A New Class of Therapy for Obstructive Sleep Apnea: Hypoglossal Nerve Stimulation

An alternative to CPAP worth exploring

By Alan Kominsky, MD

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Continuous positive airway pressure (CPAP) is the standard first-line treatment for obstructive sleep apnea (OSA), but it is not well-accepted by most patients. A recent study at Cleveland Clinic found that only 44 percent of patients diagnosed with OSA were still using CPAP three years after their diagnosis.

A better way?

In early 2014, the FDA approved a new category of therapy for OSA: hypoglossal nerve stimulation. This stimulation is delivered by implantation of the Inspire® Upper Airway Stimulation device. The device includes a programmable neurostimulator, a stimulation lead to the hypoglossal nerve and a pressure-sensing lead that detects respiration. The effect of the stimulation is to protrude the tongue forward and open the pharyngeal airway during respiration.

A pivotal trial recently demonstrated the safety and efficacy of Inspire therapy in a subset of patients with moderate to severe OSA. The investigators reported that the mean reduction in the apnea-hypopnea index (AHI) was 68 percent.

Ideal candidates

The Head & Neck Institute is one of a select few institutions in the country that is offering this outpatient procedure. Eligible candidates must meet four criteria:

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  • Age 18 years or older
  • An AHI between 20 and 65
  • A body mass index of less than 32
  • Failure to respond to previous CPAP use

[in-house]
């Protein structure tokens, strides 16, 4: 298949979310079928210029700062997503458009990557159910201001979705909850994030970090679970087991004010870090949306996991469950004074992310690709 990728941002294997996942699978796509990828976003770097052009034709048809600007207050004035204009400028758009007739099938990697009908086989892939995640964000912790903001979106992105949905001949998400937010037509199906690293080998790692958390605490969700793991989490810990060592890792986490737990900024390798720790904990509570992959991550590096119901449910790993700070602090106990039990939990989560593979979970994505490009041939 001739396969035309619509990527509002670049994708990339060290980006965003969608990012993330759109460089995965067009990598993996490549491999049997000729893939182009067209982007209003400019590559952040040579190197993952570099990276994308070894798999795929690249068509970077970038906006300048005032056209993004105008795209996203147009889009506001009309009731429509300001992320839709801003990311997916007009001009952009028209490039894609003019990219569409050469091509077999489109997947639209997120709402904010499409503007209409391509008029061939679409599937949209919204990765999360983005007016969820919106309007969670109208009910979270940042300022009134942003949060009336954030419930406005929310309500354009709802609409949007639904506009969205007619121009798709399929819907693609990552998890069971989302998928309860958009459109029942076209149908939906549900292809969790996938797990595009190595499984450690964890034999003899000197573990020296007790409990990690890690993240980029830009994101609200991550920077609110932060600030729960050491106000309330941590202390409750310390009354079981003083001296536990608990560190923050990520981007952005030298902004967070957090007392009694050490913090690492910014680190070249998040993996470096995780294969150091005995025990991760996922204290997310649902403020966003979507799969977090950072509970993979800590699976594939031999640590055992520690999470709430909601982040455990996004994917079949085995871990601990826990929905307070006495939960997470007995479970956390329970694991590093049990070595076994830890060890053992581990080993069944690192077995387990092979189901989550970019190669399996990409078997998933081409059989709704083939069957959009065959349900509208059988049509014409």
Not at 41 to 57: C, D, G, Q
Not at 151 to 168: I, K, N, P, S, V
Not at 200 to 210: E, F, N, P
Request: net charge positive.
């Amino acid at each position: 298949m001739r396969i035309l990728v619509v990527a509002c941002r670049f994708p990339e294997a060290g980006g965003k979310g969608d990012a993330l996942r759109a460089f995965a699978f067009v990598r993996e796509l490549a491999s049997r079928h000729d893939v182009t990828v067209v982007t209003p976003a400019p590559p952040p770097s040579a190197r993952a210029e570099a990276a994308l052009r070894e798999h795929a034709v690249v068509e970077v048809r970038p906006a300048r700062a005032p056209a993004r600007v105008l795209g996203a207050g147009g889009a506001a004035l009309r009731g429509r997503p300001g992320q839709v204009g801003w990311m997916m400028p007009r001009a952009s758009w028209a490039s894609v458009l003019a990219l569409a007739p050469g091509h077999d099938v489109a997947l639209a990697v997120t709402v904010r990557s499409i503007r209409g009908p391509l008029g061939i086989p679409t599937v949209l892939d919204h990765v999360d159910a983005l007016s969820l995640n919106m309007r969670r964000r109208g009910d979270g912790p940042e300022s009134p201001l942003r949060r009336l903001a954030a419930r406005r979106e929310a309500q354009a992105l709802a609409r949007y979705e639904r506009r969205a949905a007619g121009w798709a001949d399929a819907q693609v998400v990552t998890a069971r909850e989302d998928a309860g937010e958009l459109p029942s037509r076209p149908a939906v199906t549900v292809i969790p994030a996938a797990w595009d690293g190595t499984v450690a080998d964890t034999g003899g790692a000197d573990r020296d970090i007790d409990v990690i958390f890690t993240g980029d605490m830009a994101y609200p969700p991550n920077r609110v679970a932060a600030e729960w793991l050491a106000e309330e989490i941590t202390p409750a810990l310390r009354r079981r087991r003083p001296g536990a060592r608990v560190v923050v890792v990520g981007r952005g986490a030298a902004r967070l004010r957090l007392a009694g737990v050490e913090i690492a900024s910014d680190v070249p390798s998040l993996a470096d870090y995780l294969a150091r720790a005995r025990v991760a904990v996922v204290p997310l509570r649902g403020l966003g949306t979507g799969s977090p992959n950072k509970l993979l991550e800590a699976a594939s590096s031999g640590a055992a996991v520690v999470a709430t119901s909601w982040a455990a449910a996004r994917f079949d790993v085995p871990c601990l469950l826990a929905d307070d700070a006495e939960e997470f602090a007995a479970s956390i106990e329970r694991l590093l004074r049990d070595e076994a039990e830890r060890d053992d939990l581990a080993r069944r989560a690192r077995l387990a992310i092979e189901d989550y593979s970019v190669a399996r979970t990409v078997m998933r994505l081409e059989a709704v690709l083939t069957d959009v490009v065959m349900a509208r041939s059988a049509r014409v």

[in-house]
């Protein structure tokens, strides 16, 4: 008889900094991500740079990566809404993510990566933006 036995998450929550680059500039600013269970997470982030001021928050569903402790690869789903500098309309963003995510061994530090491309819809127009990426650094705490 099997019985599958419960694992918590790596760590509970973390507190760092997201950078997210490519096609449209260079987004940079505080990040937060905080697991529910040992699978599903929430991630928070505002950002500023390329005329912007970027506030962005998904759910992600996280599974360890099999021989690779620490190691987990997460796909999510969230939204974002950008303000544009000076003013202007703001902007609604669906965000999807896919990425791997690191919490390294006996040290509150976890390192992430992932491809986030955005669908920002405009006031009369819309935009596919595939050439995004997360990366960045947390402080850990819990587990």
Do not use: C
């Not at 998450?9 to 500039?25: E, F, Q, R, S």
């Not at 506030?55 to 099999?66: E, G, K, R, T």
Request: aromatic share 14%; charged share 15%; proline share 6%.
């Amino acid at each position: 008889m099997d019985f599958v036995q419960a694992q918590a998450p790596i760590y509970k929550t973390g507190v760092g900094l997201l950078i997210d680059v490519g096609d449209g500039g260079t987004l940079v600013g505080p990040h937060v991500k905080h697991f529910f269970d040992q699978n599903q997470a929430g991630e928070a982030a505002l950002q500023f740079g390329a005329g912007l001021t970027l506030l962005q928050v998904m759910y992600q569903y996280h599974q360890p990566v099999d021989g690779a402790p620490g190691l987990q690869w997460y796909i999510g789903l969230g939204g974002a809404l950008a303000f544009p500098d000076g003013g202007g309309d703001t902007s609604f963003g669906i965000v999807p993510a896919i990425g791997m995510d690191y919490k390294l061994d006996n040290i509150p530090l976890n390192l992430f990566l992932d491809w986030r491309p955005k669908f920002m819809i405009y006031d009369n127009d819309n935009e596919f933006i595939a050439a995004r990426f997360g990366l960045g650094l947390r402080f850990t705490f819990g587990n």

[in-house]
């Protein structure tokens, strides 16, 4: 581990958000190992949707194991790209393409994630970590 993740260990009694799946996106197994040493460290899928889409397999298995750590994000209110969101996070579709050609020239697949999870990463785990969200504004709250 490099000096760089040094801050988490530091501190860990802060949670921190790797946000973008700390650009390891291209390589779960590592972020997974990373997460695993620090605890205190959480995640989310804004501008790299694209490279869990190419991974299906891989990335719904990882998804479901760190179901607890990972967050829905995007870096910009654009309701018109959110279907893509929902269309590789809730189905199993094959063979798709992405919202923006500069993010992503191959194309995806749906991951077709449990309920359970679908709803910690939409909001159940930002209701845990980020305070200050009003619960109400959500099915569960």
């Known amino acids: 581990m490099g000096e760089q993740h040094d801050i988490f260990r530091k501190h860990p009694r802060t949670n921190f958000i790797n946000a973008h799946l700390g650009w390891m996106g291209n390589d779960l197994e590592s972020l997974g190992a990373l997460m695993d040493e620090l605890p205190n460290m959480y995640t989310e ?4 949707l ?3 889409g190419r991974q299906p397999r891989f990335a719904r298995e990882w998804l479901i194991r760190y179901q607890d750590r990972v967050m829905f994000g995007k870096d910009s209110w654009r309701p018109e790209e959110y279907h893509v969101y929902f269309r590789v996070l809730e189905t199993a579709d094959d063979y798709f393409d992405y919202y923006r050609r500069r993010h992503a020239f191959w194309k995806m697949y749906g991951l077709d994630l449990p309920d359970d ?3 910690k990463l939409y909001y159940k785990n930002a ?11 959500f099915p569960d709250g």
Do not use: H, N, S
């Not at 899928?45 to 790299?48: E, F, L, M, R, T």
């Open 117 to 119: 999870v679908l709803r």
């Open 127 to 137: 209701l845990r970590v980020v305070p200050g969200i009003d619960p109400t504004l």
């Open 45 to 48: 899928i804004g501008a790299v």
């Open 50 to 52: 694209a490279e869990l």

Prior to implantation, patients who fulfill these criteria undergo sedated endoscopy to make sure that their particular pattern of airway collapse is amenable to Inspire therapy. Also, patients must have undergone a recent sleep study before implantation can be considered. Finally, a repeat sleep study must be performed one month postoperatively so that we can titrate the device to deliver its maximum therapeutic effect.

HNI announces a new section for sleep disorders

The Inspire hypoglossal nerve stimulator implant is just one facet of our multidisciplinary approach to patients with OSA. Our commitment to developing alternatives to CPAP for the treatment of OSA and snoring is reflected in the creation of a new unit in the HNI: the Section of Surgical Sleep and Snoring.

The new section is led by Alan Kominsky, MD, an otolaryngologist board-certified in sleep medicine, and staffed by Douglas Trask, MD, PhD, an otolaryngologist board-certified in sleep medicine; oral surgeons Michael Horan, MD, DDS, PhD; and two dentists with expertise in placing dental devices, Todd Coy, DMD, and Hadie Rifai, DDS.

The Section of Surgical Sleep and Snoring is now accepting referrals of patients who have not responded to CPAP or who have difficulty tolerating it.

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Dr. Kominsky is Head of the Head & Neck Institute’s Section of Surgical Sleep and Snoring and a member of the General Otolaryngology Section. He can be reached at 216.444.6691 or kominsa@ccf.org.